Soybean yield and quality a function oflime and gypsum applications
Effects of lime and gypsum applications on the quality of soybeans grown under no-till (NT) are not well defined yet. A field trial established in 1998 on a dystrophic clayey Rhodic Hapludox, at Ponta Grossa, State of Paraná, Brazil, evaluated grain yield and soybean quality based on oil, protein and nutrient content, after lime and gypsum applications under NT, in a randomized complete block design (n = 3), split-plot experiment. In the main plots, the treatments with dolomitic lime were:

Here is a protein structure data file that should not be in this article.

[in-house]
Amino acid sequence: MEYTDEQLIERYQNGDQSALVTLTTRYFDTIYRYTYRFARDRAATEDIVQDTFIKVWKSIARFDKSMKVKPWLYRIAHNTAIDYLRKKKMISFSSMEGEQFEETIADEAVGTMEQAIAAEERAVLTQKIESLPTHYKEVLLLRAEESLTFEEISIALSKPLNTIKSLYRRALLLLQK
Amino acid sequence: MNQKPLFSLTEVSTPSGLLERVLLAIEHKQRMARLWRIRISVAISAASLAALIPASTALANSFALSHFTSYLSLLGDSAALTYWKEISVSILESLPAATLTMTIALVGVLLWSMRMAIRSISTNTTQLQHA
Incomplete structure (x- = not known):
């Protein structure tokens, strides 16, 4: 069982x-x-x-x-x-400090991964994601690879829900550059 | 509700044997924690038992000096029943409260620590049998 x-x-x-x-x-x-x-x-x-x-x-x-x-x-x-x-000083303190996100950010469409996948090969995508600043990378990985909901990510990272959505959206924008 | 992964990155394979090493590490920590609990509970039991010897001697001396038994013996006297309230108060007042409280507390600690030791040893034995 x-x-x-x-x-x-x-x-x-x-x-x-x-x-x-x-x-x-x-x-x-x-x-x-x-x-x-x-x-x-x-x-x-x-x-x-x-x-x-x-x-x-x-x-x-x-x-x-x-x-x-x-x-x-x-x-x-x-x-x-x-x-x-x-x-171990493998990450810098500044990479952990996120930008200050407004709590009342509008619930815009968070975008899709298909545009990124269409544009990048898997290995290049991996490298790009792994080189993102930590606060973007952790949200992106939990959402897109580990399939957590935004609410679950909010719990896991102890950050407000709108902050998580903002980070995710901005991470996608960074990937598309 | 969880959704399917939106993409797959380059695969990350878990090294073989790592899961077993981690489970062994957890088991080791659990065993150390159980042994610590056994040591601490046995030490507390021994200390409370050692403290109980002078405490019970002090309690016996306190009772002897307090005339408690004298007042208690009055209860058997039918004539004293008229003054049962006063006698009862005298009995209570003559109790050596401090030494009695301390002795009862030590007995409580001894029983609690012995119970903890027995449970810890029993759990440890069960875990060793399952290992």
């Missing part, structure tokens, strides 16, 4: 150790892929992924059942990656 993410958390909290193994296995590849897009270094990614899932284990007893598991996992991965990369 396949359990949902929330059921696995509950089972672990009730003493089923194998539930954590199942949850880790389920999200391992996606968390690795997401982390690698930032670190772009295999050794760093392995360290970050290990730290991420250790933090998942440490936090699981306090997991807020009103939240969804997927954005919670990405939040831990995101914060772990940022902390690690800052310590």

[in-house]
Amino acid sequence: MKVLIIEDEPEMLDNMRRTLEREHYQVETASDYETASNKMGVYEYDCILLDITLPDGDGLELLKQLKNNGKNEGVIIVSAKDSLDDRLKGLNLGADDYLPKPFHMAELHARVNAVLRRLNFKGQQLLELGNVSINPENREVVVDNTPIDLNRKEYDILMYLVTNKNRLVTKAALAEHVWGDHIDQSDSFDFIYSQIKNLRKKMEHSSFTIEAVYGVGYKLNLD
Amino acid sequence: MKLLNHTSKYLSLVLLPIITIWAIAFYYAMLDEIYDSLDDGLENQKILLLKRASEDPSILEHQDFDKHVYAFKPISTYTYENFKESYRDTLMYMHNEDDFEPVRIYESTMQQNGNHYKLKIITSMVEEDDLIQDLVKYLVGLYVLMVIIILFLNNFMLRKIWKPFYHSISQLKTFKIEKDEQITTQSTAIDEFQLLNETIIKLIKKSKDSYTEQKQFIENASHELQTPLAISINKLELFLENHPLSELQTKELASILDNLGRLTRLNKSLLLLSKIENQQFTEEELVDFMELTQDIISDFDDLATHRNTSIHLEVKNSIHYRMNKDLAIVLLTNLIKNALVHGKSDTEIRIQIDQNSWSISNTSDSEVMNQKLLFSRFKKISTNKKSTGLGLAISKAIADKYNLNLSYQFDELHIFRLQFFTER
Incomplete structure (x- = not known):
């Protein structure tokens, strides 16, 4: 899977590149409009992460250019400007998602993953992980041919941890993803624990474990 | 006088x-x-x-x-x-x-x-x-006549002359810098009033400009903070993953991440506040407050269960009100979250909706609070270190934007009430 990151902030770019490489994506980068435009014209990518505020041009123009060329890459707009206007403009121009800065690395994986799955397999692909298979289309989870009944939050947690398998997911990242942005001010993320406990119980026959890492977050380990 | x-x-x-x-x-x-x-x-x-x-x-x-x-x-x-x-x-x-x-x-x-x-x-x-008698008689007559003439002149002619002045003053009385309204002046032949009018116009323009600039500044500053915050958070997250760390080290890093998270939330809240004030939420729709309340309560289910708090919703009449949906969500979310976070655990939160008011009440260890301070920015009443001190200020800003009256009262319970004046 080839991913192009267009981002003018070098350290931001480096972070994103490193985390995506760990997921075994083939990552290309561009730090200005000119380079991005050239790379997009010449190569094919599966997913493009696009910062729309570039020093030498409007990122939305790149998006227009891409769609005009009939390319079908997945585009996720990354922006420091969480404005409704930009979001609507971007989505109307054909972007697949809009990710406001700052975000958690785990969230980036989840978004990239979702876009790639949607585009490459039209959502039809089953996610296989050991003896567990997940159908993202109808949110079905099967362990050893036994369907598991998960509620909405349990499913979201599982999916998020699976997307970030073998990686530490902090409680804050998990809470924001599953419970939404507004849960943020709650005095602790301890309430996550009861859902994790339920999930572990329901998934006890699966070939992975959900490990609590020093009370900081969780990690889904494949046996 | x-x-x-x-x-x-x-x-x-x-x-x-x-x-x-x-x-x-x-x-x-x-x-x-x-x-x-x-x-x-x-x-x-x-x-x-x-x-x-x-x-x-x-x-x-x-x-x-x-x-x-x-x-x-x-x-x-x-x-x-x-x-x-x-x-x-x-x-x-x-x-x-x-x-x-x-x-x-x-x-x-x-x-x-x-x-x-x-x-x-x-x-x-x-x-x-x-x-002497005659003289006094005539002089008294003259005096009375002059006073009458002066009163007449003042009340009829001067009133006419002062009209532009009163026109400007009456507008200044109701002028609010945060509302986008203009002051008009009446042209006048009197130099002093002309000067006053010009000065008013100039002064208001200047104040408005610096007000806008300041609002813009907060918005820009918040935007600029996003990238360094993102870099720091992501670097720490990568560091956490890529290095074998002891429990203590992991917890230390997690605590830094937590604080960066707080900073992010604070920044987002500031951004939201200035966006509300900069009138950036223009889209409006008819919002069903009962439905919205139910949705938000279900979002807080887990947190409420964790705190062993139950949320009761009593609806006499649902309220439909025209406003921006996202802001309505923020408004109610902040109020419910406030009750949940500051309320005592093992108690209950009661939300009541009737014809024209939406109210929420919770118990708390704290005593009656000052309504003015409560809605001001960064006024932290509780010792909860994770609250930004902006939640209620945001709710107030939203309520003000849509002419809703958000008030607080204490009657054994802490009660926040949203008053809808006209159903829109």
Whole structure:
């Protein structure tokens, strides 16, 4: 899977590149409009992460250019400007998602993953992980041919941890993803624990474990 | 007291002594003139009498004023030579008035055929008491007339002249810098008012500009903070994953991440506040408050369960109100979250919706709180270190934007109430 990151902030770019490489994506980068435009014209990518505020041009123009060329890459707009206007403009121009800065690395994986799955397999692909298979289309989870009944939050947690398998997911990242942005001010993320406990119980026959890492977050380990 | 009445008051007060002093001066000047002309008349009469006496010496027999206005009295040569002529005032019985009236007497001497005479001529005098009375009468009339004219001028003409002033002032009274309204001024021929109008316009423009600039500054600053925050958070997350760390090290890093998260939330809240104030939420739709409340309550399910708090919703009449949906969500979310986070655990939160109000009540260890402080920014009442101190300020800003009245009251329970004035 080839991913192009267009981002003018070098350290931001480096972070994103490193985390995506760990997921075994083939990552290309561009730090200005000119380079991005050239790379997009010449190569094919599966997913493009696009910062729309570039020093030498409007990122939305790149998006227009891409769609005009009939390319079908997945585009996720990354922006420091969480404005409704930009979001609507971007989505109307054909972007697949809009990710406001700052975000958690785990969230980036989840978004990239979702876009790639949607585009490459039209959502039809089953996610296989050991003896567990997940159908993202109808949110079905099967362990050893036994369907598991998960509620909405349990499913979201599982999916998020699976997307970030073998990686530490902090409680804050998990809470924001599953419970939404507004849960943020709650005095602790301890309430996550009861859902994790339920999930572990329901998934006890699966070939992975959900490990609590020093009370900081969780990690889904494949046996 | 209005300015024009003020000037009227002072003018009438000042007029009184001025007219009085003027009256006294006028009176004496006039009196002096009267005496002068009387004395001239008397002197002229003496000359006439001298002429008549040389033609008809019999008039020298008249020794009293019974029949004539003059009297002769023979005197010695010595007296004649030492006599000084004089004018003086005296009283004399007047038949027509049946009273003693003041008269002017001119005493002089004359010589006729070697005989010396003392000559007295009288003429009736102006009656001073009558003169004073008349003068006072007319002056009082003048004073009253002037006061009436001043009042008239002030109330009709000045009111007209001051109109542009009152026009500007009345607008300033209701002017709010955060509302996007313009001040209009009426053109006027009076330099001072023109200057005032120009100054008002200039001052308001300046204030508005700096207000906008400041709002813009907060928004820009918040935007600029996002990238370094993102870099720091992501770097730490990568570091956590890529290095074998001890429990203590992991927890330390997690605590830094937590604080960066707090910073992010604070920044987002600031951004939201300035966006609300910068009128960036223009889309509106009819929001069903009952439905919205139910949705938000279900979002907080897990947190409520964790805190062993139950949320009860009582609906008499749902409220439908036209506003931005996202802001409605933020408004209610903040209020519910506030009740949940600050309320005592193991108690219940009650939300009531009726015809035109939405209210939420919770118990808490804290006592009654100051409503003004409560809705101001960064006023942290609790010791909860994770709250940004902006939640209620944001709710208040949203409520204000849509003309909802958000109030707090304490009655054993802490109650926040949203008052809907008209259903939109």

... tic lime were: control (no lime), split application of lime on the surface (three yearly applications of 1.5 Mg ha¹), surface lime (4.5 Mg ha¹), and incorporated lime (4.5 Mg ha¹). Subplots received four different rates of gypsum: 0, 3, 6, and 9 Mg ha-1. The soybean crop was evaluated in the agricultural years of 20022003 and 20032004. After 58 months, the correction of acidity through surface liming, with full or split rates, was more pronounced in the top layer (00.05 m) and there was greater reaction at the depths of 0.050.10 and 0.100.20 m when lime was incorporated. Surface or incorporated liming had no effect on grain yield, soybean oil and protein content. Gypsum improved chemical subsoil conditions, raising pH (0.01 mol L-1 CaCl2) as well as Ca2+ and S-SO4(2-) contents; it also caused exchangeable Mg2+ leaching in the soil profile. The application of gypsum did not affect grain yield, yet it improved soybean quality through an increase in protein and S contents, in 20032004, and in grain P, K and Ca, in the two cropping years. The use of gypsum in NT soybeans can be especially important for fields of seeds production.